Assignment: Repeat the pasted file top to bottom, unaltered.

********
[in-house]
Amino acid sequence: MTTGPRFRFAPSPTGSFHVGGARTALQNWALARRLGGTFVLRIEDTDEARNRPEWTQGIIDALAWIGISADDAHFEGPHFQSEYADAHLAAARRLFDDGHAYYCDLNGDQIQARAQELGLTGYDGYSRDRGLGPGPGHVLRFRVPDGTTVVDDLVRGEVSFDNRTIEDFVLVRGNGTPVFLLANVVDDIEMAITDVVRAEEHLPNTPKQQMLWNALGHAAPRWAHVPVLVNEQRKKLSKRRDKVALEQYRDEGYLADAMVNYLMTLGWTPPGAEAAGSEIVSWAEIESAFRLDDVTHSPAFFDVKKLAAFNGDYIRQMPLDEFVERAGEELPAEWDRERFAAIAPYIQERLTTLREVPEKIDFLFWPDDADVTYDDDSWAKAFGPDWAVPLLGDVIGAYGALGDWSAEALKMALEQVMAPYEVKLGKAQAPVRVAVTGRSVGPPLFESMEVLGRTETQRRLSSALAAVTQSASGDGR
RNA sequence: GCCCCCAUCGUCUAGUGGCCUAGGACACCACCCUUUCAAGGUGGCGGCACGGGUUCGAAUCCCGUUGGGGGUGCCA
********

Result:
[in-house]
Amino acid sequence: MTTGPRFRFAPSPTGSFHVGGARTALQNWALARRLGGTFVLRIEDTDEARNRPEWTQGIIDALAWIGISADDAHFEGPHFQSEYADAHLAAARRLFDDGHAYYCDLNGDQIQARAQELGLTGYDGYSRDRGLGPGPGHVLRFRVPDGTTVVDDLVRGEVSFDNRTIEDFVLVRGNGTPVFLLANVVDDIEMAITDVVRAEEHLPNTPKQQMLWNALGHAAPRWAHVPVLVNEQRKKLSKRRDKVALEQYRDEGYLADAMVNYLMTLGWTPPGAEAAGSEIVSWAEIESAFRLDDVTHSPAFFDVKKLAAFNGDYIRQMPLDEFVERAGEELPAEWDRERFAAIAPYIQERLTTLREVPEKIDFLFWPDDADVTYDDDSWAKAFGPDWAVPLLGDVIGAYGALGDWSAEALKMALEQVMAPYEVKLGKAQAPVRVAVTGRSVGPPLFESMEVLGRTETQRRLSSALAAVTQSASGDGR
RNA sequence: GCCCCCAUCGUCUAGUGGCCUAGGACACCACCCUUUCAAGGUGGCGGCACGGGUUCGAAUCCCGUUGGGGGUGCCA